What is Halloween and should Christians celebrate it?
In addition, a quarter of all annual candy sales occur during the Halloween season in the United States. What is it about Halloween that makes October 31 so popular? Perhaps it's the mystery—or just the candy? Perhaps the excitement of a new costume?
Whatever the draw, Halloween is here to stay. But what does the Bible say about it? Is Halloween wrong or evil? Are there any clues in the Bible as to whether a Christian should celebrate Halloween?
What does the Bible say about Halloween?
First of all, understand that Halloween is mostly a western custom and it has no direct reference in the Bible. However, there are several Biblical principles that directly relate to the celebration of Halloween. Perhaps the best way to understand how Halloween relates to the Bible is to look at the meaning of Halloween and its history.
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What does Halloween mean?
The word Halloween literally means the evening before All Hallows Day (or All Saint’s Day) celebrated on November 1. Halloween is also the shortened name of Allhalloween, All Hallows’ Evening and All Saint’s Eve which is celebrated on October 31. The origin and meaning of Halloween are derived from ancient Celtic harvest festivals, but more recently we think of Halloween as a night filled with candy, trick-or-treating, pumpkins, ghosts and death.
The history of Halloween
The origin of Halloween as we know it, began over 1900 years ago in England, Ireland, and Northern France. It was a Celtic celebration of the new year, called Samhain which occurred on November 1. The Celtic druids revered it as the biggest holiday of the year and emphasized that day as the time when the souls of the dead supposedly could mingle with the living. Bonfires were a large aspect of this holiday as well.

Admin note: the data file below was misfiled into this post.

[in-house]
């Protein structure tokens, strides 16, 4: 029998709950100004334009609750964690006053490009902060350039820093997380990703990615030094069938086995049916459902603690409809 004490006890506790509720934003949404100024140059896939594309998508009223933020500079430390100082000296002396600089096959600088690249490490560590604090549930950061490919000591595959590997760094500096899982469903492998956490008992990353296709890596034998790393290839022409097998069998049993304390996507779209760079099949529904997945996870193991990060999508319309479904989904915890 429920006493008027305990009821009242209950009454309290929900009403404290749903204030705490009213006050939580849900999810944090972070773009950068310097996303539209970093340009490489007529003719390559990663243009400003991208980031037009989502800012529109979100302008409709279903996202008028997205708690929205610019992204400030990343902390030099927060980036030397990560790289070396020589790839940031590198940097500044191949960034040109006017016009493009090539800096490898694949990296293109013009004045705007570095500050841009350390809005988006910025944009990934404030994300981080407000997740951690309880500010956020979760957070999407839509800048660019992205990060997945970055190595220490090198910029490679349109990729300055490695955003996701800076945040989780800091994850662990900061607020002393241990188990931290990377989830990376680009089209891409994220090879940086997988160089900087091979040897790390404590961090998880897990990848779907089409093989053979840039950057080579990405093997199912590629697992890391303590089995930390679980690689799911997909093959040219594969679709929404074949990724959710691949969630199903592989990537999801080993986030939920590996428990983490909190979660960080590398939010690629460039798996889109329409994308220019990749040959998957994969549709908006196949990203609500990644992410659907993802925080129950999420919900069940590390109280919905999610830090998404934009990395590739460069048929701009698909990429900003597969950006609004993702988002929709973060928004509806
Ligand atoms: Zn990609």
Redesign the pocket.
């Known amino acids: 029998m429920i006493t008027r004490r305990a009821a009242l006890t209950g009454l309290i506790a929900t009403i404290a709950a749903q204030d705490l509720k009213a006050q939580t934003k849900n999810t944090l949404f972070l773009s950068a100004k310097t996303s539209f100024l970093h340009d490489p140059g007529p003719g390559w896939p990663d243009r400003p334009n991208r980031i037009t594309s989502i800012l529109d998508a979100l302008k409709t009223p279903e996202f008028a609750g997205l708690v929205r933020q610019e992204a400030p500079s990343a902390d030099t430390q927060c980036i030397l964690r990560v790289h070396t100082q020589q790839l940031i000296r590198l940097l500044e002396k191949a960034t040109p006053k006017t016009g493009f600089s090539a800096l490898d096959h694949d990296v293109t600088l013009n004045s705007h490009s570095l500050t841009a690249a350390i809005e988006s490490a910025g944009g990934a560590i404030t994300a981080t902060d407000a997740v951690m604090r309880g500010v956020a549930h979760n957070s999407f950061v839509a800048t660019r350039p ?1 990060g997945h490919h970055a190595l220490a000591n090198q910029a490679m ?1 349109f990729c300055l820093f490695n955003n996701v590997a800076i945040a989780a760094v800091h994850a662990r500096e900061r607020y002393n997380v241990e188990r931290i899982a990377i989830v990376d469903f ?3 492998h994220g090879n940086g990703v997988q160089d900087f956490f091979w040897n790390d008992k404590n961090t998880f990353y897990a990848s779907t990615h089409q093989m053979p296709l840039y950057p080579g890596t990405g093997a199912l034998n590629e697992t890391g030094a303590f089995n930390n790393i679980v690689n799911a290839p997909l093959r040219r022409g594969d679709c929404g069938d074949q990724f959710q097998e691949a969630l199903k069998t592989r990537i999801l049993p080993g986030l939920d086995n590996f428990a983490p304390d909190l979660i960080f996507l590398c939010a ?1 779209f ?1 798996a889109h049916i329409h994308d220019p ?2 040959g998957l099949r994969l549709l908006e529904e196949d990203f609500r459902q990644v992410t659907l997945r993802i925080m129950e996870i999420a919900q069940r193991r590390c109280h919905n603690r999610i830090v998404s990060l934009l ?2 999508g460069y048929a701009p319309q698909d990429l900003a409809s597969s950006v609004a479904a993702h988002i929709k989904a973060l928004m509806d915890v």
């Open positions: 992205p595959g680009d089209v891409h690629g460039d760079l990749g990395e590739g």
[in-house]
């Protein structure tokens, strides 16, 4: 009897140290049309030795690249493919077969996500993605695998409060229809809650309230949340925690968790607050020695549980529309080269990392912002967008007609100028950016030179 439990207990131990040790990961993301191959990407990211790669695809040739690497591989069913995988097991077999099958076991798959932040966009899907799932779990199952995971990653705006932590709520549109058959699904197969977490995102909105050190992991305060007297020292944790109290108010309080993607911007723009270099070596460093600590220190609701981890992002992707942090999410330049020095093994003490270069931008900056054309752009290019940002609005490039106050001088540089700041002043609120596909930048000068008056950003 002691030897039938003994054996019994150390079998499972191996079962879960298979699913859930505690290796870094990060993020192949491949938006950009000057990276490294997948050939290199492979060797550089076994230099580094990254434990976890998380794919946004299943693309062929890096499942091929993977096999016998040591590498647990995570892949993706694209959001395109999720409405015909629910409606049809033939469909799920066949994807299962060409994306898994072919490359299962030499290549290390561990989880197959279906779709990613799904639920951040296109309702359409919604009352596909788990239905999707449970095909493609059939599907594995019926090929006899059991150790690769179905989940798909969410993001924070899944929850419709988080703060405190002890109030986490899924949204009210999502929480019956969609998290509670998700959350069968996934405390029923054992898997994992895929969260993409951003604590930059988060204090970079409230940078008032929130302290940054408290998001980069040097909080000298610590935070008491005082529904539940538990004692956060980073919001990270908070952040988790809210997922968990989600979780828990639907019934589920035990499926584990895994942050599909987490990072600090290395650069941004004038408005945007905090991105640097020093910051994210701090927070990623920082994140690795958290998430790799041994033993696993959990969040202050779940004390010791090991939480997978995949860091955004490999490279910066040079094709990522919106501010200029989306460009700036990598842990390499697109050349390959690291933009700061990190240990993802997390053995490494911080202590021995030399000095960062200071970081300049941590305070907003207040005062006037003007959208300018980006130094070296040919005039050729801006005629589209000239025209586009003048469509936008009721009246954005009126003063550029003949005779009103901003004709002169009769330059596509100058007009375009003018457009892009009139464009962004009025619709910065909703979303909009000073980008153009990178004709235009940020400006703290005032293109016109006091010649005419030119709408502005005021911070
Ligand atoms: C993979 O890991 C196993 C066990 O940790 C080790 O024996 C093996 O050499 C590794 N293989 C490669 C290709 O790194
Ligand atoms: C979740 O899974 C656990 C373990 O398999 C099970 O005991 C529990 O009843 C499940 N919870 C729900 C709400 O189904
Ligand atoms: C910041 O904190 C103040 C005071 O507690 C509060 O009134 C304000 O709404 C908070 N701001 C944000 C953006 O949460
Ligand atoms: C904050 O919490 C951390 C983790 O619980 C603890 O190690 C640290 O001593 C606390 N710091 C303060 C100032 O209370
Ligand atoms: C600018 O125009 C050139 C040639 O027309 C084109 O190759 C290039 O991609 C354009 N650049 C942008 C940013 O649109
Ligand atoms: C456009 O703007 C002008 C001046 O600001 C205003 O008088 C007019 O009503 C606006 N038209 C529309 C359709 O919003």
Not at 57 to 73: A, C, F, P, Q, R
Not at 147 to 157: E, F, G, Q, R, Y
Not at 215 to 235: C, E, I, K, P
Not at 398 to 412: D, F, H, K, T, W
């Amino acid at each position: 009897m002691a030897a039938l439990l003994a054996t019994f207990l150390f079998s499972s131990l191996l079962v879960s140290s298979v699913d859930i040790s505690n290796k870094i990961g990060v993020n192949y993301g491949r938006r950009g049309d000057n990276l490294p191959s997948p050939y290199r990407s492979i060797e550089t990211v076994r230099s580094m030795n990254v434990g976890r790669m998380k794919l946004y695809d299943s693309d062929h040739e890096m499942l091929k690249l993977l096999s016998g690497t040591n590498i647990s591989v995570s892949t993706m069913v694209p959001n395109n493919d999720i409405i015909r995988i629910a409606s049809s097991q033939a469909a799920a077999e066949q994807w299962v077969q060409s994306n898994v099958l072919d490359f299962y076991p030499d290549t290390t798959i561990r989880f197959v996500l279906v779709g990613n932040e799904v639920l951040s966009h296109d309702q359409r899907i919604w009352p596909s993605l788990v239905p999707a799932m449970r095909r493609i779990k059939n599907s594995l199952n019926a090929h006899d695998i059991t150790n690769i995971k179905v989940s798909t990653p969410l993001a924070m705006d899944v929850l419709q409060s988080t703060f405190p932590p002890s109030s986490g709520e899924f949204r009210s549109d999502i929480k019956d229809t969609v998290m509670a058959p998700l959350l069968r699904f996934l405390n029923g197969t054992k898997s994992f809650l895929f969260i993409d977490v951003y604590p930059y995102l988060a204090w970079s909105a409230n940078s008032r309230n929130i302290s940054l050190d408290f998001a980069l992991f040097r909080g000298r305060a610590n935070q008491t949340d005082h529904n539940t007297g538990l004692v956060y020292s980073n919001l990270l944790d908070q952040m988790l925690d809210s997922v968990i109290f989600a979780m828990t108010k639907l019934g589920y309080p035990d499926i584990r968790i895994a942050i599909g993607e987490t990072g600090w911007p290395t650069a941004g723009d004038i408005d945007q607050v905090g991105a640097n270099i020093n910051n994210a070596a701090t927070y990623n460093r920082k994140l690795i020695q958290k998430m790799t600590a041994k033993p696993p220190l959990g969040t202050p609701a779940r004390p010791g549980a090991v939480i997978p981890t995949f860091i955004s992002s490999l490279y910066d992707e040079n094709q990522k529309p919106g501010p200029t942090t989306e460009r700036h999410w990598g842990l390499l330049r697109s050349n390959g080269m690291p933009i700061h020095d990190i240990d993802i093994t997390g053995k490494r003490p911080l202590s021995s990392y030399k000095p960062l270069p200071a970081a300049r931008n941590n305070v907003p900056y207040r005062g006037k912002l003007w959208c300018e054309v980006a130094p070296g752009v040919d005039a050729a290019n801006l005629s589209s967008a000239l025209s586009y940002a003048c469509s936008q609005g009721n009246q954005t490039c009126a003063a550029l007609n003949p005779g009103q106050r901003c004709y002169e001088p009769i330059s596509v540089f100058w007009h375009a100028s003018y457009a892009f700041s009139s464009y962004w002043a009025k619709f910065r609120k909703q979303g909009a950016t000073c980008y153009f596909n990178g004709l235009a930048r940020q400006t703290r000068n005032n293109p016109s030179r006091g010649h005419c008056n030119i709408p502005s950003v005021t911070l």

Samhain remained popular until St. Patrick and other Christian missionaries arrived in the area. As the population began to convert to Christianity the holiday began to lose its popularity. However, instead of eradicating pagan practices such as “Halloween” or Samhain, the church used these holidays with a Christian twist to bring paganism and Christianity together, making it easier for local populations to convert to the state religion.
Another tradition is the druidic belief that during the night of November 1, demons, witches, and evil spirits freely roamed the earth with joy to greet the arrival of “their season”—the long nights and early dark of the winter months. The demons had their fun with poor mortals that night, frightening, harming, and even playing all kinds of mean tricks on them. The only way, it seemed, for scared humans to escape the persecution of the demons was to offer them things they liked, especially fancy foods and sweets. Or, in order to escape the fury of these horrible creatures, a human could disguise himself as one of them and join in their roaming. In this way, they would recognize the human as a demon or witch and the human would not be bothered that night.